Retirement communities like The Villages are growing fast, but so, too, is multigenerational living. Encore.org’s CEO spots the dueling trends.

Levi Freedman, playing Gin Rummy with his grandmother, Donna Stone Hellenbrand | Credit: Leslie Gray

More than 60 years ago, the introduction of residential communities for people over 60 served to redefine aging in America, elevating both a golden years lifestyle — graying as playing — and furthering radical age segregation.

The influence of that trend continues to be profound. Consider the new Census, naming The Villages in Florida, with its 130,000 residents, as the fastest growing metropolitan area in America.

That’s reason for considerable concern, as Encore.org Board Chair Paul Irving argues in a new essay for Next Avenue—and as the 2020 documentary Some Kind of Heaven shows in all its horrifying glory.

Lance Oppenheim, the film’s 25-year-old director, himself came away from The Villages convinced that age-segregated living was no way to grow older—bad for older people, younger people, and our rapidly aging society.

Fortunately, there’s another trend afoot, one moving in the opposite direction from The Villages and arguably expanding even more rapidly. Witness the fastest growth in multigenerational living since the 1940s, as individuals of all ages flock to live together.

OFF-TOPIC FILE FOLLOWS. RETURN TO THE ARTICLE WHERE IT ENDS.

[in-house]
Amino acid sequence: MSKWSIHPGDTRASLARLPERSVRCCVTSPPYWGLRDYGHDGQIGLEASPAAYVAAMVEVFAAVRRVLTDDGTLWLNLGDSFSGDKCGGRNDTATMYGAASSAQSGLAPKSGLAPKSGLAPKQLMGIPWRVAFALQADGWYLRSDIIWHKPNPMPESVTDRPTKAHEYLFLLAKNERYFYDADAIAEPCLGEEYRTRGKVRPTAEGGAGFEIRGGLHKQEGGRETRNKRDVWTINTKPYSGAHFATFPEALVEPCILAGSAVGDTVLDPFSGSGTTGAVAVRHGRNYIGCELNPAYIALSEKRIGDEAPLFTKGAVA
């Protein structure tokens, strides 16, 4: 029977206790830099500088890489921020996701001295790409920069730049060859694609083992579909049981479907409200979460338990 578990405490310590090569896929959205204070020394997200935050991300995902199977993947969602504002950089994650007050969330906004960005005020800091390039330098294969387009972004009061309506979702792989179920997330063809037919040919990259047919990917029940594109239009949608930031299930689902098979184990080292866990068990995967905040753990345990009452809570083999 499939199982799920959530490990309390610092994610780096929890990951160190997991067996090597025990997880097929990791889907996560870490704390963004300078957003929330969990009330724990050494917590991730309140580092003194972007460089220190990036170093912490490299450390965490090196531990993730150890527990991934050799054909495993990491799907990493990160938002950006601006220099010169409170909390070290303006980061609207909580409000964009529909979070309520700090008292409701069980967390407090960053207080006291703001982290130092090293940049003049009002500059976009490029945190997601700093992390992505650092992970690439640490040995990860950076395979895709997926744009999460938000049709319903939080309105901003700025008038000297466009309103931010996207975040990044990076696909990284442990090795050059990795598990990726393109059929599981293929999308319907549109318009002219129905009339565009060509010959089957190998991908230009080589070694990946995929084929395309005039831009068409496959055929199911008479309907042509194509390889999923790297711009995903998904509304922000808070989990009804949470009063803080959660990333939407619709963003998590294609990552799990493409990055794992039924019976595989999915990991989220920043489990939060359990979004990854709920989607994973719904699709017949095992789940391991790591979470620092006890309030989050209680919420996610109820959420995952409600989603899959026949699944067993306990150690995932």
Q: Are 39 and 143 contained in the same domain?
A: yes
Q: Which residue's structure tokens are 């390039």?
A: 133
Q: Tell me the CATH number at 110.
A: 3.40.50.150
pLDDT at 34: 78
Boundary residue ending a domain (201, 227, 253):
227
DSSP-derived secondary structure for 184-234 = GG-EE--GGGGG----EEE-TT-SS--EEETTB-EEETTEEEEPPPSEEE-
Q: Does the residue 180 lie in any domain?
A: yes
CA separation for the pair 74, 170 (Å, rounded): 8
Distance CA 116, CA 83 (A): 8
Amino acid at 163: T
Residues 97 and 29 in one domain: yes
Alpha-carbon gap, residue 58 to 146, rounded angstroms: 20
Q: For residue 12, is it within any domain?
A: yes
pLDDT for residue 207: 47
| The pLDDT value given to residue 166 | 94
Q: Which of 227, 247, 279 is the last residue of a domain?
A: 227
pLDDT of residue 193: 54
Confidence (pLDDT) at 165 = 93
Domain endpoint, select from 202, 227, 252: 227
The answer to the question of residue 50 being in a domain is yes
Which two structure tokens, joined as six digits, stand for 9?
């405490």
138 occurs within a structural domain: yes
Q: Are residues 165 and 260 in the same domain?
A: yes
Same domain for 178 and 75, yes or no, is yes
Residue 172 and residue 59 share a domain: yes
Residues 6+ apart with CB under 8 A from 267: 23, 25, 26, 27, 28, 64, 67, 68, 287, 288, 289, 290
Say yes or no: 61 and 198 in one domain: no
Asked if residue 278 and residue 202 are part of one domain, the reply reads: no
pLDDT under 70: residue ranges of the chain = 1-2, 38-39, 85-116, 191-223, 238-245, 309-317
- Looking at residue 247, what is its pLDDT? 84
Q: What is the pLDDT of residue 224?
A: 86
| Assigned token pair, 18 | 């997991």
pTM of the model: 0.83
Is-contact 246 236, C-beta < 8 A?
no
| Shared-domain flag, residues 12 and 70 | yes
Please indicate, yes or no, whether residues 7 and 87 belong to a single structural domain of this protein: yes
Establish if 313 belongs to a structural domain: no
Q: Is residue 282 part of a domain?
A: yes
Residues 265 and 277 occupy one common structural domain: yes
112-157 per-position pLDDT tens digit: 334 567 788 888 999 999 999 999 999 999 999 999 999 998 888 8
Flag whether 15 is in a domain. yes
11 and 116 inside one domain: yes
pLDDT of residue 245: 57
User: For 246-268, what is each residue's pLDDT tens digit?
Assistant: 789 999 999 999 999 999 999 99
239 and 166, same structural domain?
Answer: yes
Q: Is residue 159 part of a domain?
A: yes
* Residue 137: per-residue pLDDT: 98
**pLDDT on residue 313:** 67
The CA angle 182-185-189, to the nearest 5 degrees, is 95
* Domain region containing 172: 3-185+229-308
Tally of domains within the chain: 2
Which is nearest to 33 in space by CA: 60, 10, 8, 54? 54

I’ve joined that trend personally. But this transformation isn’t just happening within families. It’s pushing out into communities—connecting unrelated older and younger people, and those in the middle, coming together for mutual benefit.

And now a spate of new stories is capturing this wave of innovation, including a Washington Post article featuring Encore and some of our fellows, including Derenda Schubert of Bridge Meadows and Tim Carpenter of Engage, as well as our founding program, Experience Corps (now AARP Experience Corps).

The Washington Posts coverage follows an entire design section in the New York Times earlier this month tracing this trend across the globe.

America is on the doorstep of becoming a much more multigenerational society, with five generations living and working at the same time. Many view that transformation as the source of division, disconnection, and dysfunction—a future embodied by places like The Villages.

Fortunately, there’s another way, and housing can realize that promise when it brings us together, across age and other divides, to forge bonds, further understanding, and model the multigenerational future.

Marc Freedman is the founder and CEO of Encore.org and author, most recently, of How to Live Forever: The Enduring Power of Connecting the Generations.

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